pretty well with eye glasses (with glasses I have vision 20/20).

    Please, if you have had similar experiences, or can offer a reasonable
    explanation, share. I simply don't understand this (and I am a Physicist
    by the way!)
    chibitul, Jul 30, 2004
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  2. chibitul

    Guest Guest

    Binaires are not done in this newsgroup and why not the details first when
    Corrected or uncorrected?
    Both eyes together, one eye at the time?
    A simple explanation and assuming you are not corrected by glasses or
    contactlenses (see may request for being more informative at first)
    Think about photograpy, the smaller the aperture the sharper the picture
    even when not having the lens exact focused.
    The more light, the smaller the pupil.
    See above at first, maybe I respond later on the differences.
    This is quit normal for slightly myopic as you are.
    Blue light is refracted more as is red light.
    A myopic has his image focussed in front of his retina ,the receiving plane
    like the film or CCD plane in camera's.
    The blue light more away from the retina and the red light some what closer
    in front of the retina.
    The red neon signs are more focussed to the retina and thereby more sharp
    ''catched'' by the retina.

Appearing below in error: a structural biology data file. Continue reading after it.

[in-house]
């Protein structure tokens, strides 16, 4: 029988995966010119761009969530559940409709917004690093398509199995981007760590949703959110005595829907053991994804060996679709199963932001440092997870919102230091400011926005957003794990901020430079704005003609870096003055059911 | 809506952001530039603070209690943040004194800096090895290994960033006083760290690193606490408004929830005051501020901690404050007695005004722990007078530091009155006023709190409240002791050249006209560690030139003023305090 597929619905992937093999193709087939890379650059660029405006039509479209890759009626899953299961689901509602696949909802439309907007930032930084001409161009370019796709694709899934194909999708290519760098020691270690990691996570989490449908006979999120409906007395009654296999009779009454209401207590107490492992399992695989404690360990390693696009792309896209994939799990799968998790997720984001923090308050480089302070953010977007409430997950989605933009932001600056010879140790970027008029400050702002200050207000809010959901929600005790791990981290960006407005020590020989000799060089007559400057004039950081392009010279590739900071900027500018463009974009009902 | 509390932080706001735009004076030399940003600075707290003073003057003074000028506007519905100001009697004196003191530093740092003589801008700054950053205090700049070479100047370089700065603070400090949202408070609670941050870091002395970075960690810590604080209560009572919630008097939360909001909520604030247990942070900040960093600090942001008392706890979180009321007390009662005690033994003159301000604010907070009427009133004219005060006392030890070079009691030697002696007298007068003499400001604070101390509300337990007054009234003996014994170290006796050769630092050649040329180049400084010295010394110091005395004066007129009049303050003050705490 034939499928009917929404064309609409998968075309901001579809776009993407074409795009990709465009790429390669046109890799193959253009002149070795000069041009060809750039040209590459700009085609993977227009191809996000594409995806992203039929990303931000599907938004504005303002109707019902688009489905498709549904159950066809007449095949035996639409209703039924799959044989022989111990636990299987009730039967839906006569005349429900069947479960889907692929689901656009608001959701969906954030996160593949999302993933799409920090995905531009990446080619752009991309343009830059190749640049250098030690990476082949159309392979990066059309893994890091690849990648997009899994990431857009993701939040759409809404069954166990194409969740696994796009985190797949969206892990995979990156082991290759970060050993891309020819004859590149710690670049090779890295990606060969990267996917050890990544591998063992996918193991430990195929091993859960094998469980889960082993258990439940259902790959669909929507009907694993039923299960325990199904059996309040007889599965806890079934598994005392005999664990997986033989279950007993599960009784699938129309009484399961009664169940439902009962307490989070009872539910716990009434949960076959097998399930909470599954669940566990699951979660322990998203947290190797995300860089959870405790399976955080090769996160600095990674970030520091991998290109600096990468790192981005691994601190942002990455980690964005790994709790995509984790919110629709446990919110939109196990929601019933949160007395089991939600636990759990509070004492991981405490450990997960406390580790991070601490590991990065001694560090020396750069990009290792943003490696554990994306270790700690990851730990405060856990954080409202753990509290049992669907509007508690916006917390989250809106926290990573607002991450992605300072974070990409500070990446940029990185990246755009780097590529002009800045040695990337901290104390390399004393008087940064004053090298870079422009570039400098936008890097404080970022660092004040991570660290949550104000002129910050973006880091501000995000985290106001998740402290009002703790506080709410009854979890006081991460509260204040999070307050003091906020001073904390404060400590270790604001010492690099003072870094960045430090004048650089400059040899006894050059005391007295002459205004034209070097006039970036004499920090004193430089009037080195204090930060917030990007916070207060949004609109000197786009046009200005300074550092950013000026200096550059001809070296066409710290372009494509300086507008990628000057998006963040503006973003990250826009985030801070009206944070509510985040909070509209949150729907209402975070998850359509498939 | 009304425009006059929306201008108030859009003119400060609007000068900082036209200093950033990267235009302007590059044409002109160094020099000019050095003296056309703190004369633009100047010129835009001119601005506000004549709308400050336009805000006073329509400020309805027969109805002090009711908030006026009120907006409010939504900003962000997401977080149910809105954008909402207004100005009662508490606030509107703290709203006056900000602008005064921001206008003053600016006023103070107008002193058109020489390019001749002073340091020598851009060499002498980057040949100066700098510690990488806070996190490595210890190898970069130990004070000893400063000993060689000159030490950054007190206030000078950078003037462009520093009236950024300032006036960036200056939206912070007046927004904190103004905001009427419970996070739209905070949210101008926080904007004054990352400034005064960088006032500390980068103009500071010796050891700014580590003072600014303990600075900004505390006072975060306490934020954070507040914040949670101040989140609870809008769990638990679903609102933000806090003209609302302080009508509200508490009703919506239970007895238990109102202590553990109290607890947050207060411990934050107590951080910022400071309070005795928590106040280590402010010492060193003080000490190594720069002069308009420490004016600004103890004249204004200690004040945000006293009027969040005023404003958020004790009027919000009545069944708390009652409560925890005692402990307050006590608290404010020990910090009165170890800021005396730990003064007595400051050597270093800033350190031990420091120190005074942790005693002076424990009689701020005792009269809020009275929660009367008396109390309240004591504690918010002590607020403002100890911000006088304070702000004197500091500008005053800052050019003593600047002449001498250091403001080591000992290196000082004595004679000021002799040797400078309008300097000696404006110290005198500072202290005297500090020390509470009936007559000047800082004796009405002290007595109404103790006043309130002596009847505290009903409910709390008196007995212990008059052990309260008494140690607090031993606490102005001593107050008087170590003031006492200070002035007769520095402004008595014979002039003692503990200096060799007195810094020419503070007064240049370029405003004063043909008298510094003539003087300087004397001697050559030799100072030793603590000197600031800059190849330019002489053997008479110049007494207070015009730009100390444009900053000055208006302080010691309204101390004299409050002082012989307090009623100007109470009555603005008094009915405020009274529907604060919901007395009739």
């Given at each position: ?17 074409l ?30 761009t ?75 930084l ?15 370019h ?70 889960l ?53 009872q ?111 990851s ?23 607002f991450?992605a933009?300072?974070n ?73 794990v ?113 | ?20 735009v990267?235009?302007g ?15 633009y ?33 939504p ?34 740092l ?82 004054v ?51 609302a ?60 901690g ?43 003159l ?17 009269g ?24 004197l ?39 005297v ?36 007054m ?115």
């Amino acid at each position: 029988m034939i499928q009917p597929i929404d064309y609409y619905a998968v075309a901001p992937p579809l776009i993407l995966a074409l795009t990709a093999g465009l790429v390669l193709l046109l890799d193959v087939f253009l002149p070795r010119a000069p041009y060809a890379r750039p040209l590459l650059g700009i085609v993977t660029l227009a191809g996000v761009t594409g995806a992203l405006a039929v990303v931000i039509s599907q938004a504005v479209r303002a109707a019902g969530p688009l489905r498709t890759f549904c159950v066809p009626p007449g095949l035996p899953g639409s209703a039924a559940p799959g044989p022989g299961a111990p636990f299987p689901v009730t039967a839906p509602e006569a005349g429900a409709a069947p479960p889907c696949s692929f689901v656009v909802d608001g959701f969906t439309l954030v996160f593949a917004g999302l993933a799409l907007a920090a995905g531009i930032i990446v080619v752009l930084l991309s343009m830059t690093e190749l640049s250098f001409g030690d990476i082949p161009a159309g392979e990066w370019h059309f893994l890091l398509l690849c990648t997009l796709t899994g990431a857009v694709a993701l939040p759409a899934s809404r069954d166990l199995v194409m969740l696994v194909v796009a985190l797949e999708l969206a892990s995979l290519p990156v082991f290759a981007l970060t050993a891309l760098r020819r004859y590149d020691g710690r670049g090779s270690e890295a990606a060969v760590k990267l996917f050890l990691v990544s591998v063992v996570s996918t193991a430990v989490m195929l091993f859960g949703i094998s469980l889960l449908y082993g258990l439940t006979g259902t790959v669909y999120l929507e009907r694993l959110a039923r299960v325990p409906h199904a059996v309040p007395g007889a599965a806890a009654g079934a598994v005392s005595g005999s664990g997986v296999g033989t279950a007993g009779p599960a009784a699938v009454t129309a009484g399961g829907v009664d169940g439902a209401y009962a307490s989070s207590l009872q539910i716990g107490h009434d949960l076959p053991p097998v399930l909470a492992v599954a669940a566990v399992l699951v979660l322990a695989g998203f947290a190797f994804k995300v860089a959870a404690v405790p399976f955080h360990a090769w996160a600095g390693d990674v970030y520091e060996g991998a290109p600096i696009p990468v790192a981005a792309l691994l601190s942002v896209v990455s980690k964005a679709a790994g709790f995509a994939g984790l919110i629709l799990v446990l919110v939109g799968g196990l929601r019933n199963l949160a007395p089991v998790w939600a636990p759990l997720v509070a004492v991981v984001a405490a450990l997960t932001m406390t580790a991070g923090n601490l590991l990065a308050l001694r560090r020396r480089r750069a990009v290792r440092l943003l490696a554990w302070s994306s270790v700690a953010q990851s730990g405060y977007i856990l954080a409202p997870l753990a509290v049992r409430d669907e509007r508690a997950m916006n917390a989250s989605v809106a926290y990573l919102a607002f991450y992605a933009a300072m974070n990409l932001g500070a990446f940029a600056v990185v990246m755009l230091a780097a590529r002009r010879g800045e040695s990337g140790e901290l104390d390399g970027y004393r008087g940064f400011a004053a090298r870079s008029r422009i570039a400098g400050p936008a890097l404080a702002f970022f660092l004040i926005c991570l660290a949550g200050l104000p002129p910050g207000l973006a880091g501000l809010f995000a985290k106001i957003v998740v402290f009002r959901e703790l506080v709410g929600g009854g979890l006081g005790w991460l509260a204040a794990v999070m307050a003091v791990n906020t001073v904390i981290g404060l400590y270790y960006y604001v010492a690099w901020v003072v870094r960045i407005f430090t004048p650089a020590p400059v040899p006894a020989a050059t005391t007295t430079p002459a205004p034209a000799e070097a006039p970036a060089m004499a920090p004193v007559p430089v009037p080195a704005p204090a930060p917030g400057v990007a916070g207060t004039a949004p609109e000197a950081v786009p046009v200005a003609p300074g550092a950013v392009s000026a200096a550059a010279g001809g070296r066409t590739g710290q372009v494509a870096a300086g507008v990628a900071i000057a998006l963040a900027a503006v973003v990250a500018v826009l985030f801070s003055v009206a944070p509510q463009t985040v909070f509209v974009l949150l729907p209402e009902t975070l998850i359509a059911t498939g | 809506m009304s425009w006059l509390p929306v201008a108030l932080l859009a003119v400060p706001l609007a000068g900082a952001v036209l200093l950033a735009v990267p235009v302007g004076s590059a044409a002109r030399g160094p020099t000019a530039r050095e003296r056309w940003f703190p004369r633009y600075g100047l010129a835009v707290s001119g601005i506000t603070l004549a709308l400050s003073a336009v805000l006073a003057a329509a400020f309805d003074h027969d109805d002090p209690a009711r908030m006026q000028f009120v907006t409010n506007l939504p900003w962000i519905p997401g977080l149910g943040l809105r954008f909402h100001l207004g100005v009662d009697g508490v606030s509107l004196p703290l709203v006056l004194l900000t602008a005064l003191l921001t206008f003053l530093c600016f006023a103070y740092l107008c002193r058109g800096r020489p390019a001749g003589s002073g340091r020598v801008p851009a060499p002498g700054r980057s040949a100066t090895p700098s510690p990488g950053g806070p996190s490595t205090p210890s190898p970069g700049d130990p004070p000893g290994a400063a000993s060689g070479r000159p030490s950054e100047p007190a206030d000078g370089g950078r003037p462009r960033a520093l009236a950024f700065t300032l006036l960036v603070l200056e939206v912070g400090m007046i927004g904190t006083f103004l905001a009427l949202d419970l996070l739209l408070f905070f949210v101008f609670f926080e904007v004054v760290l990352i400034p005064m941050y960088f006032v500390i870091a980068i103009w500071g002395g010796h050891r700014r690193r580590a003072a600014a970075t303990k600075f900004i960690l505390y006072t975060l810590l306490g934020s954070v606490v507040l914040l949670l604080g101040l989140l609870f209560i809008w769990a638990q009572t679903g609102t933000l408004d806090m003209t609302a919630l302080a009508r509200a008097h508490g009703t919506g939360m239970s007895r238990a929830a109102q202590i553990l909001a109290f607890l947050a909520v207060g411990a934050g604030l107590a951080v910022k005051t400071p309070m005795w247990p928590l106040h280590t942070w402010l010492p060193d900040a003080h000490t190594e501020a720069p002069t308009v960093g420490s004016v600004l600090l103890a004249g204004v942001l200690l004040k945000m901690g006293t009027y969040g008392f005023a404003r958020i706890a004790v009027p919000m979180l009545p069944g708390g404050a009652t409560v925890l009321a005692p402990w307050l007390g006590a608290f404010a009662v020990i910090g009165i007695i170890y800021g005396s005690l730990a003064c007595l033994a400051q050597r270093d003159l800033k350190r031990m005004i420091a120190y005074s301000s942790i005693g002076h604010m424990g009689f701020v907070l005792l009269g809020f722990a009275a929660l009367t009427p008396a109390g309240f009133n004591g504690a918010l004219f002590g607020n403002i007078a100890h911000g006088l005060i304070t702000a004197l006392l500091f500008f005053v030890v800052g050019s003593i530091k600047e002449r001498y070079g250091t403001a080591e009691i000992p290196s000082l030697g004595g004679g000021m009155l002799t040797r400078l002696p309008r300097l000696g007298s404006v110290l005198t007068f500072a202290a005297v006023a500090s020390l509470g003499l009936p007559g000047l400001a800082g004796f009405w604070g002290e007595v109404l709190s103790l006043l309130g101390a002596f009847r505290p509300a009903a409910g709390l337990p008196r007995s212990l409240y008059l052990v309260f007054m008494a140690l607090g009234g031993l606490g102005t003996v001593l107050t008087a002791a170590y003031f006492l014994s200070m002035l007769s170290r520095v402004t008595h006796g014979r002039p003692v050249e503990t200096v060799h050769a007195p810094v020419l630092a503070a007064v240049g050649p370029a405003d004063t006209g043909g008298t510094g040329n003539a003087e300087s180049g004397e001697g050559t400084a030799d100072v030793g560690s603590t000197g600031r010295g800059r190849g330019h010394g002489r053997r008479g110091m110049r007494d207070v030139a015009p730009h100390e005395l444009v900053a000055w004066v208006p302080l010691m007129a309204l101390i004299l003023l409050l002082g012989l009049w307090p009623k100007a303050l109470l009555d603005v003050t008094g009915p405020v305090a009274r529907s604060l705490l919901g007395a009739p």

The simple explaination for this is the astigmatic part (cylinder) in your
    Those images are NOT as sharp als the single image when corrected and when
    looking at an object in the long-distance!
    If you are, try some explanations on cylindrical optics.
    In one direction no refracting and in the other (90 degrees turn) the
    refraction of the cylinder power.
    A spherical glass has one focus point at one place so to say and a cylinder
    glass has two focal lines at two different focused places.

    Jan (normally Dutch spoken)
    Guest, Jul 30, 2004
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  3. chibitul

    chibitul Guest

    I will not post binaries. I was thinking to post the pictures on the web
    and post the *link* here.
    uncorrected ("naked" eye)
    One at a time. With both together the images don't overlap very well, so
    there are like 3 or even 4 images...
    OK, I do understand what the prescription means, I do know about
    cylindrical and spherical lenses (and much more). What I do not
    understand is what that BC stands for? OK, maybe those split iamges are
    not as sharp, but they are reasonably sharp.
    Still, I don't understand how you can get 2 *split* images. there were
    some interesting replies in sci.optics group.
    chibitul, Jul 30, 2004
  4. chibitul

    Guest Guest

    The (B)ack(C)urve of the contactlens.
    They are because your basic myopia is not that high.
    OD (right eye) S-0,25 diopters wich is nearly no error.
    OS (left eye) S-0,50 diopters also not that much of an error.
    Without the cylinder part so to say not much of an error.
    May I try it simple?
    Take two prisms and hold these with the base against each other and the line
    in between horizontal.
    This is not exact your astigmatism but maybe you get my point this way.
    What should you aspect looking through the prisms to an object?
    Okay, two images of the object instead of one.
    You correct this by placing two prisms of the same power but now attached
    with there tips against each other and again the line in between horizontal
    in front of the first pair.
    You may take the second pair of prisms being your correcting cylinder.
    Of course an astigmatism and a cylinder are not the same as two prisms but
    knowing you are a physicist I take it for granted you did recognize the